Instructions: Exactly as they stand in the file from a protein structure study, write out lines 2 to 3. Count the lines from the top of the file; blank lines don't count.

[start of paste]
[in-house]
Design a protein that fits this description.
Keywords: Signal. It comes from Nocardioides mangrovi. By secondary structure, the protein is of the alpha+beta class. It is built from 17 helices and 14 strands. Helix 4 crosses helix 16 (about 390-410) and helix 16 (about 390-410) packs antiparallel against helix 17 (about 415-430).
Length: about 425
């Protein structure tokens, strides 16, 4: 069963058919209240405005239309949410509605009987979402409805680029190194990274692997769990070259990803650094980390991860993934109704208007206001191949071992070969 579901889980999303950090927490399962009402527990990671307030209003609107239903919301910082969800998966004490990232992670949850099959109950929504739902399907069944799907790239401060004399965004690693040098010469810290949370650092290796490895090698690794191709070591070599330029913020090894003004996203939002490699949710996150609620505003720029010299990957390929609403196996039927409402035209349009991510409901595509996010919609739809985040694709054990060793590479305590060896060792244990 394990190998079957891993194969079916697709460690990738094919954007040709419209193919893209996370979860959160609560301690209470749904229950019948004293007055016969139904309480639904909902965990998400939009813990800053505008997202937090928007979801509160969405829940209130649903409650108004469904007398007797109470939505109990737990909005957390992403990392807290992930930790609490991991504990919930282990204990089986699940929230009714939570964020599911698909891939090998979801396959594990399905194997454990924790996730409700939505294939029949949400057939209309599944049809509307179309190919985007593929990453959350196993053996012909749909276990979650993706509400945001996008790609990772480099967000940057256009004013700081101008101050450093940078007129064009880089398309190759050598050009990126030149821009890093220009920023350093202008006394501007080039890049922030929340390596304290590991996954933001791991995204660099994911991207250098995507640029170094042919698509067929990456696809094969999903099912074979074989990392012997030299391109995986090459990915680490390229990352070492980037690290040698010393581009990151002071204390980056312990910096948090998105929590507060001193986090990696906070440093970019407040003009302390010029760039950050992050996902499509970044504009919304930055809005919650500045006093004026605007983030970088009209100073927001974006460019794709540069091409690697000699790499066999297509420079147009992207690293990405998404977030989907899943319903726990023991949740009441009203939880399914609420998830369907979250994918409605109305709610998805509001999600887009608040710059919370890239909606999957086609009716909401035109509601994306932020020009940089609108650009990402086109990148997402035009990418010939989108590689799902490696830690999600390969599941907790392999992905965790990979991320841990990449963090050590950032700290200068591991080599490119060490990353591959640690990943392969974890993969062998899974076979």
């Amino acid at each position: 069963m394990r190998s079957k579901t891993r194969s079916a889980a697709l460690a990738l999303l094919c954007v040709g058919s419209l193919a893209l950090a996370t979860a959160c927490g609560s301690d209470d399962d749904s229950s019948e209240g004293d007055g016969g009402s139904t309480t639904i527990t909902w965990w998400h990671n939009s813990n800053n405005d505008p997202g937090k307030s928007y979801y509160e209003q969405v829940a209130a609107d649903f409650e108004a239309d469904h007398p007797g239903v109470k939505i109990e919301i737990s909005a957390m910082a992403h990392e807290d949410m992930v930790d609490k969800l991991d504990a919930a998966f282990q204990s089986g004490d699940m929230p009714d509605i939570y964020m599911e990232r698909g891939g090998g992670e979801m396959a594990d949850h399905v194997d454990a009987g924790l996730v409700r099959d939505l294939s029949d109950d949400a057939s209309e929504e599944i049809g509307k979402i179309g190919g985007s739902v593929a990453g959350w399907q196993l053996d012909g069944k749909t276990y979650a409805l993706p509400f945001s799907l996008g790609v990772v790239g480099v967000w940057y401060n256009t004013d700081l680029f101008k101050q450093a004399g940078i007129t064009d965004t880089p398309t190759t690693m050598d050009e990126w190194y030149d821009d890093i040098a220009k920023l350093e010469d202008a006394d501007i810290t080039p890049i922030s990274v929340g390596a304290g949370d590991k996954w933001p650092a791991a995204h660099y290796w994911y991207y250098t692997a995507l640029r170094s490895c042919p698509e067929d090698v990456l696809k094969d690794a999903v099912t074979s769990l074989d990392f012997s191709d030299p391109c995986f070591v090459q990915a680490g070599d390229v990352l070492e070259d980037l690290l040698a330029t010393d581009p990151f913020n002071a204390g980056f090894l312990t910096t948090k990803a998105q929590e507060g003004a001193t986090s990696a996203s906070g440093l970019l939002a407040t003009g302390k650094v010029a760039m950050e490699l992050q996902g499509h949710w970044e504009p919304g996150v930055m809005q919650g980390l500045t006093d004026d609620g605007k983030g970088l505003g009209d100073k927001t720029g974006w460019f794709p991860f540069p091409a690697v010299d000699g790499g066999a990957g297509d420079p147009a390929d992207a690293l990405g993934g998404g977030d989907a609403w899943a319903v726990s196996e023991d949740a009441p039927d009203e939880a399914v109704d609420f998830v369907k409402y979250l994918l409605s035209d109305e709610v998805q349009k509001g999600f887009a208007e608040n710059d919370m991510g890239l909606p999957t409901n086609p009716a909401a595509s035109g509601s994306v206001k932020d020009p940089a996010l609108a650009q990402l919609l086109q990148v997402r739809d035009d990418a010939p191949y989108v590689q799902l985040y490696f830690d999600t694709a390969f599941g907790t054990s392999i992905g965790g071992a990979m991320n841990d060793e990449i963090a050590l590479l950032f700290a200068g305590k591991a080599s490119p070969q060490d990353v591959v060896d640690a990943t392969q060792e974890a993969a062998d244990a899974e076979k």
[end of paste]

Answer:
Design a protein that fits this description.
Keywords: Signal. It comes from Nocardioides mangrovi. By secondary structure, the protein is of the alpha+beta class. It is built from 17 helices and 14 strands. Helix 4 crosses helix 16 (about 390-410) and helix 16 (about 390-410) packs antiparallel against helix 17 (about 415-430).